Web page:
Show Review: Cut Copy at the Regency

Originally published on April 18, 2011

Cut Copy and Holy Ghost!
April 16th at the Regency Ballroom, San Francisco

Cut Copy packed the Regency this weekend for two back to back sold-out shows of deep synth-pop grooves. This hot ticket show lived up to the expectations of lucky San Franciscans that grabbed their tickets early to see the much-hyped Australian band, and the whole venue from the floor to the far balcony was a dance party filled with elated concertgoers.

Holy Ghost! opened up the night with a solid performance that complemented the music of Cut Copy very well. As a duo who have released a variety of remixes in addition to their own original electropop compositions, I was excited to see what Holy Ghost! could do live. For their show they had extra musicians on stage to provide additional instrumentation and a fuller sound to their beats, and the combination turned out great. Holy Ghost! implemented quite a bit of technology into their set. In addition to their multiple keyboards, they also made use of an iPad for additional effects. The electronic aspect combined well with other live instruments, perhaps most importantly the cowbell that lead singer Alex Frankel played in almost every song with much intensity and spot on precision.

After their set finished up, my friends and I secured a good spot near the front of the crowd and chatted with a few nearby people that all shared our same feelings of eager anticipation to see Cut Copy. The lights went down and the band entered through a giant door that had been placed in the middle of the stage. The crowd wildly cheered and a strong cloud of energy rose up in the room as the band jumped into playing “Nobody Lost, Nobody Found.”  Singer Dan Whitford played out the melody on a xylophone, which added a cool new element to the already upbeat track. They continued their set that was made up of half old songs and half new songs off of the recently released album Zonoscope. While they were playing their new single, “Take Me Over”, the giant door rotated to reveal a video display that added an exciting visual element to the rest of the show. As the opening notes to the band’s signature song “Lights and Music” flew out over the crowd, everyone went crazy with excitement.

In general, Cut Copy’s older tracks got more love from the audience, but for this song, the energy was through the roof. I was hoping they would play “Saturdays”, my favorite single off their 2004 album Bright Like Neon Love, and not only did they play it, but they also pushed it into a giant jam and drum breakdown that lasted for many minutes and was a great treat to hear. “Hearts on Fire” had a similar extended performance that the audience loved. The encore featured their newest single “Need You Now”, and the band left the stage and a happy audience on a very high point. They also performed a special DJ set at an after party in the Sutter Room. I was not able to attend, but I am sure the positive energy carried over to that event as well.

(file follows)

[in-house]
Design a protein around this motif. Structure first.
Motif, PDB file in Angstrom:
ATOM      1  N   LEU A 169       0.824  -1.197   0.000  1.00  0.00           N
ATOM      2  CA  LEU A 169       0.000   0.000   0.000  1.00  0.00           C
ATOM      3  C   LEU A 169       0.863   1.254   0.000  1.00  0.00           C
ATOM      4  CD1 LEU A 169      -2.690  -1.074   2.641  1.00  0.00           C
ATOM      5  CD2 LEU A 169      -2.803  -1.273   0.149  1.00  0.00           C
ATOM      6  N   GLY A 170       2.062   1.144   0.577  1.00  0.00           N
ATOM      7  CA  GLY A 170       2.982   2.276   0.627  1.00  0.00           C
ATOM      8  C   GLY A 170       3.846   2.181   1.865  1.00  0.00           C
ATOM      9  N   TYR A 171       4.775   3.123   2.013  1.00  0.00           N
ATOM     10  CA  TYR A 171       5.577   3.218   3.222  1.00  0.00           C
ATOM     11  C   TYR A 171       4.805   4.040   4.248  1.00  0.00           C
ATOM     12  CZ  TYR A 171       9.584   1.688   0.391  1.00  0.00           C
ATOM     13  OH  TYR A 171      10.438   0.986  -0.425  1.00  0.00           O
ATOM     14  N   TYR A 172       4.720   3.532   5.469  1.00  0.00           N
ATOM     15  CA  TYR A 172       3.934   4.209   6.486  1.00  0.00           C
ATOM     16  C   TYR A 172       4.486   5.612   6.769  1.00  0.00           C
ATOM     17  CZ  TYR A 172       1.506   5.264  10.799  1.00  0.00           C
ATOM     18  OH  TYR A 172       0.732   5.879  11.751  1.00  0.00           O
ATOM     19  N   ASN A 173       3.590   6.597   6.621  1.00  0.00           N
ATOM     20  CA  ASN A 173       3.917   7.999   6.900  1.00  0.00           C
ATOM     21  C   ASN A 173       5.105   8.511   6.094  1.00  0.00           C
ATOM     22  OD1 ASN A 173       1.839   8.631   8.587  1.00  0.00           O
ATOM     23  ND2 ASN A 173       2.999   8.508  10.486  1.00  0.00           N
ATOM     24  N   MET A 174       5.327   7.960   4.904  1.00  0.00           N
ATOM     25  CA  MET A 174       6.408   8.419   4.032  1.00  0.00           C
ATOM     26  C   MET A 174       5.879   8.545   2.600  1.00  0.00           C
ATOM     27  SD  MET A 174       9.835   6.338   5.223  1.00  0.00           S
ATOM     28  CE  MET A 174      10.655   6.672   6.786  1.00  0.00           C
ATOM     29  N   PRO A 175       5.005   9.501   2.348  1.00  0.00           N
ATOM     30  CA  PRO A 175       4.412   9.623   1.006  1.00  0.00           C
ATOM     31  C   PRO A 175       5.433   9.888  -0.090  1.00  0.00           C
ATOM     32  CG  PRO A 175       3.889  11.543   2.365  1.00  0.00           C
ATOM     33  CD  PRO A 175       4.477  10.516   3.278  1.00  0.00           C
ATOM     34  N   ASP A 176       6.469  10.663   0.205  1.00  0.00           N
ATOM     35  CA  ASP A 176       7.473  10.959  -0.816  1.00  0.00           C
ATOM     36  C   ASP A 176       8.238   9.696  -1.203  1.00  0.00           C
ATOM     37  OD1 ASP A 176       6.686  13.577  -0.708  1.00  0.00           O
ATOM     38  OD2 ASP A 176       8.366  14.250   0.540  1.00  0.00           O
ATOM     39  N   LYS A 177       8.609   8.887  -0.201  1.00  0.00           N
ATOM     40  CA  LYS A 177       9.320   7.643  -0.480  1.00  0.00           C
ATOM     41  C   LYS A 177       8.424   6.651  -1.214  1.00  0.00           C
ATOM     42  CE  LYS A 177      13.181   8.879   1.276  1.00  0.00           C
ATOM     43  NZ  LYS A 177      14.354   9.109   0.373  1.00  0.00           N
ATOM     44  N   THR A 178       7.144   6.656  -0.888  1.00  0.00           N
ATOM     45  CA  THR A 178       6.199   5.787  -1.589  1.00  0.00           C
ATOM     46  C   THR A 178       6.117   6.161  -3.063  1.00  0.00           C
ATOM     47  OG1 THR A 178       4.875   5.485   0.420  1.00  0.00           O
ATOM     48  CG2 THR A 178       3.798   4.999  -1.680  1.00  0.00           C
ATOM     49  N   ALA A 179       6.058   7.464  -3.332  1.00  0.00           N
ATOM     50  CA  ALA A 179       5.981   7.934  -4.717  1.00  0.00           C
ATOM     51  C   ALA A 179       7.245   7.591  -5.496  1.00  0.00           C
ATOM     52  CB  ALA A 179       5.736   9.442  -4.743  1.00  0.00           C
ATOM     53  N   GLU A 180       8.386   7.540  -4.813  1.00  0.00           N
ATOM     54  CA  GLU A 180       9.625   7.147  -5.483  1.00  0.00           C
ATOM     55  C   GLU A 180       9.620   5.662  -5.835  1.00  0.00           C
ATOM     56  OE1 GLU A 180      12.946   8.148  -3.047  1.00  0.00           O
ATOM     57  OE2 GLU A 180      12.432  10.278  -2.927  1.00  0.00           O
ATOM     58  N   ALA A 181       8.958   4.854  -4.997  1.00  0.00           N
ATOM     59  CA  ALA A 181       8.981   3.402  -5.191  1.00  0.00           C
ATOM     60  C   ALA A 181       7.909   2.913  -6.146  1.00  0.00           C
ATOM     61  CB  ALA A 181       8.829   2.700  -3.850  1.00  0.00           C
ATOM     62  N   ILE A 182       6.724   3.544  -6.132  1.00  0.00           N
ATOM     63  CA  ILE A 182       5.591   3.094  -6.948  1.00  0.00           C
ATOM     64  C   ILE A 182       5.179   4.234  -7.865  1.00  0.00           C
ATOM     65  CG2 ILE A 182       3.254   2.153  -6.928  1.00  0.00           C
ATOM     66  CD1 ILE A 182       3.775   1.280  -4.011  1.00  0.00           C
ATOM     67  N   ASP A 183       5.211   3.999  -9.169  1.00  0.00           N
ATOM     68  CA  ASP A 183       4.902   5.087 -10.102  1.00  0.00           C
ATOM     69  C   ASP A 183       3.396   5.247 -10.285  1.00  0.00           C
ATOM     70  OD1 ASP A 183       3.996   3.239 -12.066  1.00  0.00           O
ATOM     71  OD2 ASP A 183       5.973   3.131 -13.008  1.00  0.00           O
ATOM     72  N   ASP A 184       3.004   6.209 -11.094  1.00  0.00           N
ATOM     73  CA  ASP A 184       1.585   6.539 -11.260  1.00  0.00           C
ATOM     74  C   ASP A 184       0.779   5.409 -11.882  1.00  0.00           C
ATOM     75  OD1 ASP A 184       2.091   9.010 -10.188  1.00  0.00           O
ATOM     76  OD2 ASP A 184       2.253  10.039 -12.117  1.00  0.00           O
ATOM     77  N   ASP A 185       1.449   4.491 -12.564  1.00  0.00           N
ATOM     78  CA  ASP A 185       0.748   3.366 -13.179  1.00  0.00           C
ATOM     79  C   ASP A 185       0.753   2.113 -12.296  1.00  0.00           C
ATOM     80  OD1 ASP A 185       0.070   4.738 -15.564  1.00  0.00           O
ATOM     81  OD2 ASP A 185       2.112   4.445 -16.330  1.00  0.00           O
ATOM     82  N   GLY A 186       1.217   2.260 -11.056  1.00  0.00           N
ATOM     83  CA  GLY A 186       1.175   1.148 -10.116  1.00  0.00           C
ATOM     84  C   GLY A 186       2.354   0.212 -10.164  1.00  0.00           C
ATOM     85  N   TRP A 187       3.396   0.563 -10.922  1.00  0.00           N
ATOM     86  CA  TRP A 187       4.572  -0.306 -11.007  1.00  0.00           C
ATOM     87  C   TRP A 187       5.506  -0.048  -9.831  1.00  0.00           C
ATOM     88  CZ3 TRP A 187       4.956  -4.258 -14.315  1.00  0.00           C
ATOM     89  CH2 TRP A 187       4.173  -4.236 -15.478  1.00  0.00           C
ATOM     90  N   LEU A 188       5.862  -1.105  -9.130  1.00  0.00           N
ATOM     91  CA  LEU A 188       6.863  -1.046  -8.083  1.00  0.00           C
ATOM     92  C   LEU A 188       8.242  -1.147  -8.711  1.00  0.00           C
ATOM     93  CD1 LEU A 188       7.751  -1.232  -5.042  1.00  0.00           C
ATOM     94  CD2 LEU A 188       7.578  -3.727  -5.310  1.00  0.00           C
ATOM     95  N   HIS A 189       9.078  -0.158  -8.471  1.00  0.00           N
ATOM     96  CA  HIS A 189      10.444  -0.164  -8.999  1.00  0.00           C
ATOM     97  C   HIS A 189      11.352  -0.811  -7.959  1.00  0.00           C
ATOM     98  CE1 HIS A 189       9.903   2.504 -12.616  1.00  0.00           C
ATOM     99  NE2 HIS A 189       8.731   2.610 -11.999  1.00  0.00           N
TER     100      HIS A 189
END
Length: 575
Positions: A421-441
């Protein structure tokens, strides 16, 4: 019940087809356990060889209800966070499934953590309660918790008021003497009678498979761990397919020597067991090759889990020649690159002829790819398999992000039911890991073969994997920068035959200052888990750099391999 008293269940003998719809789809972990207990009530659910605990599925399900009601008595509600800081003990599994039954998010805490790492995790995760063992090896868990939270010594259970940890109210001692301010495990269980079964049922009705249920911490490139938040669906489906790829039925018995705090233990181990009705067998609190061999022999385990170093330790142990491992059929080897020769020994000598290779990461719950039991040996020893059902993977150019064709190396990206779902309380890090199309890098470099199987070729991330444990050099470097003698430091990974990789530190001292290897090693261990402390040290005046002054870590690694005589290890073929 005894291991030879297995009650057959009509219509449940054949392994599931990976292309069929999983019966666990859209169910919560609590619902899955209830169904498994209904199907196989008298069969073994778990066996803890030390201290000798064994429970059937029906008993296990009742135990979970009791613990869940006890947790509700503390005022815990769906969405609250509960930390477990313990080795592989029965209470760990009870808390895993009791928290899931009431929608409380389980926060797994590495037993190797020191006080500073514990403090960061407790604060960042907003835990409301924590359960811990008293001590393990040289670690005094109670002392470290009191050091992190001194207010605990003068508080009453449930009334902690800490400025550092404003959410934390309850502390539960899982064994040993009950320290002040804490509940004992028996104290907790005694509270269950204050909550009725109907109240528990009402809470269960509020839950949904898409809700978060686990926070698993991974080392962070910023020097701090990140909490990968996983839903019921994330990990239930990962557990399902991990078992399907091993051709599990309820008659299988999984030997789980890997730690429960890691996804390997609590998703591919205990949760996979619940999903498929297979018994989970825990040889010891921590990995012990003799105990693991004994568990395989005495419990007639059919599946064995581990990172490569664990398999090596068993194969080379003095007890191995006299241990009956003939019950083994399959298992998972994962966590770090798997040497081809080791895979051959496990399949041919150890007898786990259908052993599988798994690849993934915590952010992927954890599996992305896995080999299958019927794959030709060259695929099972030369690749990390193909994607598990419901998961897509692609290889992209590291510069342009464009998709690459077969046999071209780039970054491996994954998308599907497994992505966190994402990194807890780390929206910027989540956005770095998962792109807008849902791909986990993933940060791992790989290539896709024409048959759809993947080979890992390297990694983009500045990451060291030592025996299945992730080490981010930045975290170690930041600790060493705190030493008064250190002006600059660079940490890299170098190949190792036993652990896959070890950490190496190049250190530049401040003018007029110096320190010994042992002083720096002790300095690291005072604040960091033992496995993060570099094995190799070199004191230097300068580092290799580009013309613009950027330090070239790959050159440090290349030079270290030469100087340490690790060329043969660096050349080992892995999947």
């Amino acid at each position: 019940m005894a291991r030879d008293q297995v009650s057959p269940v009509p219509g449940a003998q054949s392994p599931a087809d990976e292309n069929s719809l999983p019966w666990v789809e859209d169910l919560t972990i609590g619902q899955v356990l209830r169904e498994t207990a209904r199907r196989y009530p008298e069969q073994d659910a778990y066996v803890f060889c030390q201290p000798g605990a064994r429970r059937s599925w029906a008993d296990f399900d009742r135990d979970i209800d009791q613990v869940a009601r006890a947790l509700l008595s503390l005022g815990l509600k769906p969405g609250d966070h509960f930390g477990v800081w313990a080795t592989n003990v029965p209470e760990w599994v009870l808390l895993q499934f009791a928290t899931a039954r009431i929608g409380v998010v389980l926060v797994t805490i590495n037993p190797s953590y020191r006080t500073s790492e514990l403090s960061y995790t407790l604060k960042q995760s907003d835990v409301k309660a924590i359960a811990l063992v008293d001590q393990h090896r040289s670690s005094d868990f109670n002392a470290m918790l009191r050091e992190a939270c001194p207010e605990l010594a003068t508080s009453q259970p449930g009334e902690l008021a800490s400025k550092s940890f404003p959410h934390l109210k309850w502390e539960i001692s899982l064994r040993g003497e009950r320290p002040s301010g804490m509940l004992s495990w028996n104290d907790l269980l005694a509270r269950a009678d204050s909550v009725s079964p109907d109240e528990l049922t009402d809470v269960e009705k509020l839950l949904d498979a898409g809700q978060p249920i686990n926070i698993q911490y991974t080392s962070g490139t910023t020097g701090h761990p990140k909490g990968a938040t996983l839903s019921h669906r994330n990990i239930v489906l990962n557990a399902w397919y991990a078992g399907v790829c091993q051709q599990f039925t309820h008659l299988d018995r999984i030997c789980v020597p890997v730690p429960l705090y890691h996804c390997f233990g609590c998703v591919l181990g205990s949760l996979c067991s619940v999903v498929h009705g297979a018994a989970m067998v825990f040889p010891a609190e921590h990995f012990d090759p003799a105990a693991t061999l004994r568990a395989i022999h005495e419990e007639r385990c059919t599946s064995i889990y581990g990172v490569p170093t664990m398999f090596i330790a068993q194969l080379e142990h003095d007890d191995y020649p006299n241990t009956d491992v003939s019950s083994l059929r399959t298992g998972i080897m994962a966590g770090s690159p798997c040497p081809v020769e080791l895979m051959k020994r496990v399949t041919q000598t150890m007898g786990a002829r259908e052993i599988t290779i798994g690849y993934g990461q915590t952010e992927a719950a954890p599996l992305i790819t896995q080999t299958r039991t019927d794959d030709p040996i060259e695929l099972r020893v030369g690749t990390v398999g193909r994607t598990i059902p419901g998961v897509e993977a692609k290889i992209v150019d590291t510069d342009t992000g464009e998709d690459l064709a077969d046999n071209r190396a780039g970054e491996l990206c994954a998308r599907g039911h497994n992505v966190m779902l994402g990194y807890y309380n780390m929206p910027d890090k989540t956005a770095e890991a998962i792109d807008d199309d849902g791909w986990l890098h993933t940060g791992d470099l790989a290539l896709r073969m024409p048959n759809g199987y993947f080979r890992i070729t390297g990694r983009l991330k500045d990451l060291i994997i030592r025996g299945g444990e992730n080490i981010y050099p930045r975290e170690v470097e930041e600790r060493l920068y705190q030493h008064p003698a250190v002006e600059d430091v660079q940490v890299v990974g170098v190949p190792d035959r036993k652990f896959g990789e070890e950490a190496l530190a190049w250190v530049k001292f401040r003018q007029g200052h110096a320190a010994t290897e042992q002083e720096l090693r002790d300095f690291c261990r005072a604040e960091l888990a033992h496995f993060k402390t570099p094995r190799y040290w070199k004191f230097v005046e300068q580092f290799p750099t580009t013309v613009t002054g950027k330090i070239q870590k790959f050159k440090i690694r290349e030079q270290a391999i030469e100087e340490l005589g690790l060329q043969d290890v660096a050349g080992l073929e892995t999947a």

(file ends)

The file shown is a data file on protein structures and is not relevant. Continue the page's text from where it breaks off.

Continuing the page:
When listening to Cut Copy, it is very apparent that they draw influence from new wave bands of the ‘80s, such as New Order and Duran Duran. Their affinity for synthesizers cannot be hidden, and the tracks are crammed with catchy hooks. However, I do think that they have taken their music step further and made it a hybrid with electronic dance music. The songs build at key moments and you can feel the energy welling up inside your chest as the music reaches a peak and everything is kicked up a notch. Cut Copy’s songs often start as a simple concept such as a single guitar part or synth melody, and you are caught of guard when you end up in the middle of a track and realize that so many additional elements have been added to the fray, coming together to craft a beautiful sound. This songwriting style definitely evoked an emotional and physical response from the crowd at the Regency, as everyone jumped up together at the climax of songs, and danced even harder with every passing track. The kinetic vibes even reached balcony above, which is usually reserved for mellower concertgoers to relax and see a band. I talked with many people on the way out of the venue, and everyone seemed uplifted and euphoric from their time at this show. It was one of the happiest and outwardly excited crowds I have experienced in a long time, and I definitely recommend buying tickets hastily if Cut Copy plays in your city. It is an experience not to be missed.


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